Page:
University of Leeds asks public to report Flying Ant Day sightings in bid to understand strange annual event
Flying Ant Day is upon us, with Leeds residents reporting winged insects appearing on driveways, in gardens and whizzing through the air.
And University of Leeds researchers are asking the public to report flying ants sightings across the UK to understand the correlation of weather to this strange phenomenon.
Species of ants such as the Lasius Niger (black garden ant) are generally found underground. However, during their mating season, the ants are seen flying to mate and search for a new place to live. This period only spans a few days per year, after which, they make their way underground again. The new queen ants are never spotted above ground again.
Interestingly, there is not enough information to explain why ants suddenly take to air together in the strange annual phenomenon. Therefore, researchers from the University of Leeds are inviting people to fill out a short survey to collect data for their study “When and where do ants fly?”.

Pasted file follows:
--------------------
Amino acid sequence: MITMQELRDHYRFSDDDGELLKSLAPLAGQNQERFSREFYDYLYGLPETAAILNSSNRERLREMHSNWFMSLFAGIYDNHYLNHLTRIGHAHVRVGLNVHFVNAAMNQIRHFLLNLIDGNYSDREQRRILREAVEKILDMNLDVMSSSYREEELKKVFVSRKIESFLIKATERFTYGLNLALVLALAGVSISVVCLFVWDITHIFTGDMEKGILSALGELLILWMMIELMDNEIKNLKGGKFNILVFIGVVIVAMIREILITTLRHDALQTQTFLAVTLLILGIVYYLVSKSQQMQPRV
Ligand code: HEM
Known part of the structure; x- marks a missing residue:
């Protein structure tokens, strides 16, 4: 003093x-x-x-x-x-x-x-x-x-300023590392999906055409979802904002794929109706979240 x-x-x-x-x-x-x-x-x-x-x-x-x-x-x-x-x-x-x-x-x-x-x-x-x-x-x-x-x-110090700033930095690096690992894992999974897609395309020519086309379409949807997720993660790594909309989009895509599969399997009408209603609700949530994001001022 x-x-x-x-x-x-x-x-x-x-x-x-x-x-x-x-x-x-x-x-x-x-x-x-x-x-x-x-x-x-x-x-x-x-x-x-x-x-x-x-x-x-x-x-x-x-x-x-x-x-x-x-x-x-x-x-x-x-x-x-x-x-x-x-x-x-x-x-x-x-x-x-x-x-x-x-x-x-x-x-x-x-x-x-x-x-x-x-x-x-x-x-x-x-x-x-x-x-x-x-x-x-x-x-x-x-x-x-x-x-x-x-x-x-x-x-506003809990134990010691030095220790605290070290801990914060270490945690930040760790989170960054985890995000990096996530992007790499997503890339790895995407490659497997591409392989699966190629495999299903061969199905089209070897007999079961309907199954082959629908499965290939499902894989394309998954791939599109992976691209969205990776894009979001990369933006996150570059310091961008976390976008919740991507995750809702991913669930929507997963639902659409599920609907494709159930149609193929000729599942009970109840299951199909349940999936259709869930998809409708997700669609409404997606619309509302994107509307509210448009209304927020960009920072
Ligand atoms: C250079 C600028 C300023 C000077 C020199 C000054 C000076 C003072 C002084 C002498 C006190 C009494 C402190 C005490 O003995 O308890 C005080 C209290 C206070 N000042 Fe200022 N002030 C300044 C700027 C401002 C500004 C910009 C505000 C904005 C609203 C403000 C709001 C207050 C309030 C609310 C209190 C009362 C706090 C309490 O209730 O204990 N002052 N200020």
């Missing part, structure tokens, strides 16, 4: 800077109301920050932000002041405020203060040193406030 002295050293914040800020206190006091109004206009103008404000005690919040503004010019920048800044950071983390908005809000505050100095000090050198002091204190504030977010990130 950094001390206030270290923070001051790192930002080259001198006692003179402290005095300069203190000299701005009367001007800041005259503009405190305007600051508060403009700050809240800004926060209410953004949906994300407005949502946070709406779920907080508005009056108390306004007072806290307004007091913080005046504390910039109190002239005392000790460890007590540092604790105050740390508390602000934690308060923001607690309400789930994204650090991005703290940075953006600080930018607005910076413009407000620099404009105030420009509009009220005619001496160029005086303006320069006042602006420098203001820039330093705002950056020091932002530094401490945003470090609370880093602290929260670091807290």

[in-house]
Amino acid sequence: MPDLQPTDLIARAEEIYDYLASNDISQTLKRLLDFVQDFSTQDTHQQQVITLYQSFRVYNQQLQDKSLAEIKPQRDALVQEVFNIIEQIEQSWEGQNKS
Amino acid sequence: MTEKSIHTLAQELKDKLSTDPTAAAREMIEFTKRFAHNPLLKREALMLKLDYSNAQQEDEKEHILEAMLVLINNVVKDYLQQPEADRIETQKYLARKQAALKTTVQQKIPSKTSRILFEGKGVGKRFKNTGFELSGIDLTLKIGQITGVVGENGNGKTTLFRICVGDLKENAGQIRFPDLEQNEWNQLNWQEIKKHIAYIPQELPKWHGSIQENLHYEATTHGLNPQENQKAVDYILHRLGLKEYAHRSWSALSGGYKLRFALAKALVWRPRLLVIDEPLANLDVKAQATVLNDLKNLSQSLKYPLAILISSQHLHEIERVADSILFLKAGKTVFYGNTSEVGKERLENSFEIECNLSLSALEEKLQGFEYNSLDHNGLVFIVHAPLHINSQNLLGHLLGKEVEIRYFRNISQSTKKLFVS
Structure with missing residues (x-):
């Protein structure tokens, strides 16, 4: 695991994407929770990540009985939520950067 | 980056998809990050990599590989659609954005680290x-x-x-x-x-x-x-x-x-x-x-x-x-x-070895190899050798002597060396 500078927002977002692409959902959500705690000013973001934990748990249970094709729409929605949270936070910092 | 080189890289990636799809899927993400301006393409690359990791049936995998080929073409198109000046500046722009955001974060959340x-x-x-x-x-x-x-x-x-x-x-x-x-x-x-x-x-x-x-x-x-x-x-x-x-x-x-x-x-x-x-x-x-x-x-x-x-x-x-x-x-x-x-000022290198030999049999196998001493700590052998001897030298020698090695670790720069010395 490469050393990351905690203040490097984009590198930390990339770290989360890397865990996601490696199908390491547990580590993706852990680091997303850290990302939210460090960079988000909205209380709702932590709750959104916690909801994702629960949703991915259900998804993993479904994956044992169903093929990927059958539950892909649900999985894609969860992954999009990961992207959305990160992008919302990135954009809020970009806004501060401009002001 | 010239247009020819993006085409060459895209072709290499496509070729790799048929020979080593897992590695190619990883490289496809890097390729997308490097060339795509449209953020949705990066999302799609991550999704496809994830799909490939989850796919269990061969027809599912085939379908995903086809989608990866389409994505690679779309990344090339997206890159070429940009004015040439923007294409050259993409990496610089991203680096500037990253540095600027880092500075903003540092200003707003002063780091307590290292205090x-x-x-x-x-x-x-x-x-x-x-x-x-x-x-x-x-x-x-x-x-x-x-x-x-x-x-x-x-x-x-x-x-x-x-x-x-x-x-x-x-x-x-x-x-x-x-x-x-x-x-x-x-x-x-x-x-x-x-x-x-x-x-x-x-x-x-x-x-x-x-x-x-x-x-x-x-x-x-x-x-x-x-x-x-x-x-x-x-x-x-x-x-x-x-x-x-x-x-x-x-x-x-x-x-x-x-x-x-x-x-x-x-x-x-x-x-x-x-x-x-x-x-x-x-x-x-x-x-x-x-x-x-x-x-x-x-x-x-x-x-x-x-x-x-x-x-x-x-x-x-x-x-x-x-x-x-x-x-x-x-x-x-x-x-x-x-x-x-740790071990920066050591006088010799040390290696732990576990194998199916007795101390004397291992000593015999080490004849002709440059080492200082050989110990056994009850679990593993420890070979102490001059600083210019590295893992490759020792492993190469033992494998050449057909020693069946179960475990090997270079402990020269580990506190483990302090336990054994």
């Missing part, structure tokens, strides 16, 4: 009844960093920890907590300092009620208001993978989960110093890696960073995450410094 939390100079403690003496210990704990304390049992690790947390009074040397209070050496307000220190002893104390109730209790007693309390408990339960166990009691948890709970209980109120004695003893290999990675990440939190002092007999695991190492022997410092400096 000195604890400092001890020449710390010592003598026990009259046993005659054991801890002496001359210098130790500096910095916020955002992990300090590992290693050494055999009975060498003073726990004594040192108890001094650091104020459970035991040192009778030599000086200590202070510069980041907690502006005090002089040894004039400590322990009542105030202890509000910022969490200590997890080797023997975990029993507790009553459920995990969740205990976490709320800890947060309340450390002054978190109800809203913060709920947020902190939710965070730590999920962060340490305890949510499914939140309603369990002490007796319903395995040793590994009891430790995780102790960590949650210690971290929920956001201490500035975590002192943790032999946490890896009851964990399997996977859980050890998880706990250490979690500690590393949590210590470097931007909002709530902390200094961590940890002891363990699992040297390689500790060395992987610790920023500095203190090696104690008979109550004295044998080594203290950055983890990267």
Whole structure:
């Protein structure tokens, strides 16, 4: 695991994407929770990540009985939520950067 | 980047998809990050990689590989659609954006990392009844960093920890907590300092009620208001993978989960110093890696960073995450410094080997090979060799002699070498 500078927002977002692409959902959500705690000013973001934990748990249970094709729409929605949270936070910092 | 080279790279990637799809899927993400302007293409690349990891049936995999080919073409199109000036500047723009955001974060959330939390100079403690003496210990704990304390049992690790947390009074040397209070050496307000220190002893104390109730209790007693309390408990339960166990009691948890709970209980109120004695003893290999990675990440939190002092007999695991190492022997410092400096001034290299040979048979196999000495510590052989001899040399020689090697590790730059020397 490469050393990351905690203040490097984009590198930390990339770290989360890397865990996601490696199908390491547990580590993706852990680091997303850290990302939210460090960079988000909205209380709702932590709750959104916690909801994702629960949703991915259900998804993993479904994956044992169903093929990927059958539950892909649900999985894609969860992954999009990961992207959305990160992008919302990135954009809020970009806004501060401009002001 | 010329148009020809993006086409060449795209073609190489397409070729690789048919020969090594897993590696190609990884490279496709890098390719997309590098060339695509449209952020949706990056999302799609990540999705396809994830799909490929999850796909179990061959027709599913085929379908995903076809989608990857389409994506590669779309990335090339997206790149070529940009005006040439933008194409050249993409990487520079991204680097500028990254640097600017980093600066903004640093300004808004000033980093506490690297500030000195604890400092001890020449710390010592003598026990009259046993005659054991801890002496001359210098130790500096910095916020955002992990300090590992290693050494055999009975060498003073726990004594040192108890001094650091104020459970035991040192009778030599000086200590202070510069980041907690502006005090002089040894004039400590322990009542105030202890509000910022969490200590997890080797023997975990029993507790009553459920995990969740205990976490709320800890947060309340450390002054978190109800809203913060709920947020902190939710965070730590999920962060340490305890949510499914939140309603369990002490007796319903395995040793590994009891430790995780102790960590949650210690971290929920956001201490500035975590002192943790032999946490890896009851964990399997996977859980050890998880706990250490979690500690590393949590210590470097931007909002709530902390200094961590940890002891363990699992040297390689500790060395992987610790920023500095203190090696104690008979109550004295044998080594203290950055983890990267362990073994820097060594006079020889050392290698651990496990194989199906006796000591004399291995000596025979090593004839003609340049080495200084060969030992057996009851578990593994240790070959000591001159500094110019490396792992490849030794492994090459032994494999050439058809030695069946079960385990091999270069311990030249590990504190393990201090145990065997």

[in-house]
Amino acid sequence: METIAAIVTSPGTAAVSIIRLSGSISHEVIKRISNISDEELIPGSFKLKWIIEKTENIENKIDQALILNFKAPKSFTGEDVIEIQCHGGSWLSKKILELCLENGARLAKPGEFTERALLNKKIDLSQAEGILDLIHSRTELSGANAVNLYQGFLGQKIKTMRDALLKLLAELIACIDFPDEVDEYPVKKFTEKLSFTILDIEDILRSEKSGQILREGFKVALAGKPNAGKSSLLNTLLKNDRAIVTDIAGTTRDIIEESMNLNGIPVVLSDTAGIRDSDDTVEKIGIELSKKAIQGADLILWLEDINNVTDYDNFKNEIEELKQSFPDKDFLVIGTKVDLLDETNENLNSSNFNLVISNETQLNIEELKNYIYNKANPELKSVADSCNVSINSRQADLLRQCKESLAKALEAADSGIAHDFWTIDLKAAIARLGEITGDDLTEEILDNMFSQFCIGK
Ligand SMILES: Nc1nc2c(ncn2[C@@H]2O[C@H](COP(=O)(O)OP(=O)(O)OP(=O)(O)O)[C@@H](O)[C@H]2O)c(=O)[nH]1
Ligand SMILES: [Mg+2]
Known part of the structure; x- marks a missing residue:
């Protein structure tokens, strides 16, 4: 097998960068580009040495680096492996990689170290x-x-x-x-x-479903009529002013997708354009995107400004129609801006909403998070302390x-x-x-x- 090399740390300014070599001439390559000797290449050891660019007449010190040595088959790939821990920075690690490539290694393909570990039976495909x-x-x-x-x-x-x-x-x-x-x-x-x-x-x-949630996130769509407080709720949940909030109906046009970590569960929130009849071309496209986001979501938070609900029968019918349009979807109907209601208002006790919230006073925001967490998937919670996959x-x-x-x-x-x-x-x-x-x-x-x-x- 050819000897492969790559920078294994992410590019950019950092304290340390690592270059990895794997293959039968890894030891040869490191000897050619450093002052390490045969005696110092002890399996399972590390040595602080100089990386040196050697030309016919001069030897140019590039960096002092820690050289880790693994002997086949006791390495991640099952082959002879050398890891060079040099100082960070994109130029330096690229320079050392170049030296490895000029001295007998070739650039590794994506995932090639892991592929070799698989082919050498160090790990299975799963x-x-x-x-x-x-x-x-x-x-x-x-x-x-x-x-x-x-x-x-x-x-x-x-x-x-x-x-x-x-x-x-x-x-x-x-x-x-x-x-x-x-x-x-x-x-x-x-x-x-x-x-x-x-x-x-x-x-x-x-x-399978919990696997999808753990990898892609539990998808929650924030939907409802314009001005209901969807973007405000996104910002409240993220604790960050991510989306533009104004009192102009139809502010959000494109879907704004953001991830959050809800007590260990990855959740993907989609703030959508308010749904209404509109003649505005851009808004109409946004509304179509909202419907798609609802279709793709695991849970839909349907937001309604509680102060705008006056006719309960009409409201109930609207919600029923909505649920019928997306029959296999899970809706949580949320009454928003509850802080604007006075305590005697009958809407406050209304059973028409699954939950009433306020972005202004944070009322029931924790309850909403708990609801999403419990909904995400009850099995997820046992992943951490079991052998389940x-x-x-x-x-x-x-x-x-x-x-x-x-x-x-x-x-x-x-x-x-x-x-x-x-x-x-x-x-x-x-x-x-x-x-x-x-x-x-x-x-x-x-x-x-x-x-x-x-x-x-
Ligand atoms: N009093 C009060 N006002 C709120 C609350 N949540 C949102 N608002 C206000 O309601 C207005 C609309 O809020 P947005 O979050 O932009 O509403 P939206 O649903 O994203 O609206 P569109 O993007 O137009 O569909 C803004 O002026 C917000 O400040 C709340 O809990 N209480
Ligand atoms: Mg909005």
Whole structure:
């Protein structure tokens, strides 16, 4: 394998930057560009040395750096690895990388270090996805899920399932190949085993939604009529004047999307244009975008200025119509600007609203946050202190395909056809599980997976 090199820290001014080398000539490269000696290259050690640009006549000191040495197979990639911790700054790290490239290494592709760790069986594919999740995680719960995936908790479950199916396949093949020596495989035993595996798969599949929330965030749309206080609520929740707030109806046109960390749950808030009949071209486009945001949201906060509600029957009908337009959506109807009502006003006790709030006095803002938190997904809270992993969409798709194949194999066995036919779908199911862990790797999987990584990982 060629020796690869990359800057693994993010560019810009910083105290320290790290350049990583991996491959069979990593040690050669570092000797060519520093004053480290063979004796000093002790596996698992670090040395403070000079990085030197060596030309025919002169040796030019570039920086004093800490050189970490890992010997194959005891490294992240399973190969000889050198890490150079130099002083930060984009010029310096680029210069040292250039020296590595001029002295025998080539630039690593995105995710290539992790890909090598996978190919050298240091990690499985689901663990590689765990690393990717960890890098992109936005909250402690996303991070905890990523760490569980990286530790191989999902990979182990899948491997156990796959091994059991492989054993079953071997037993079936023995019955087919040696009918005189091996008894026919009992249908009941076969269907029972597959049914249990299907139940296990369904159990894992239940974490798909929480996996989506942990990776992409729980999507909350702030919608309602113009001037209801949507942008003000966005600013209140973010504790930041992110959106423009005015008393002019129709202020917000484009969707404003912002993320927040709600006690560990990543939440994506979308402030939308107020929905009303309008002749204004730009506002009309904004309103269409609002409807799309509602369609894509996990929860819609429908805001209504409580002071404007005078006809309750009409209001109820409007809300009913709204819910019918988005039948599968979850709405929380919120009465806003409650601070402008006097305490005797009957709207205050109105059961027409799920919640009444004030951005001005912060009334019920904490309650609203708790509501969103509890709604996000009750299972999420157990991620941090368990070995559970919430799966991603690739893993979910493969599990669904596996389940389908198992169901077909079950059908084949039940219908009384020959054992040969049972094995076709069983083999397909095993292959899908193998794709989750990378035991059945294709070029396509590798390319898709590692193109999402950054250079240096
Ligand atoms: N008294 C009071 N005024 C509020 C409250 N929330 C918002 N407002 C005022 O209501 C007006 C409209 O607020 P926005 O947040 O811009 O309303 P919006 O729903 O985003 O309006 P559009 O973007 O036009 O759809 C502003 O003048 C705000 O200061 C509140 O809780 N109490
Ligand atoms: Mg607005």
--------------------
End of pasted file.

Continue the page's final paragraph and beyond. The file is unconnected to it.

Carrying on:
This study is part of the BioDAR project, which is led by researchers from the University of Leeds, University of Exeter, and the National Centre for Atmospheric Science. This project aims to determine if weather radar data can be used to monitor insect activity across the whole UK and Ireland.
The objective of the flying ants study within this project seeks to answer the following questions:
- What specific weather conditions are important for triggering 'flying ant day'?
- Can flying ant swarms be seen on weather radar scans?
To participate in this survey, click here.
For any questions about the survey, contact Dr Elizabeth Duncan.
Picture credit: Wolfgang Hasselmann/Unsplash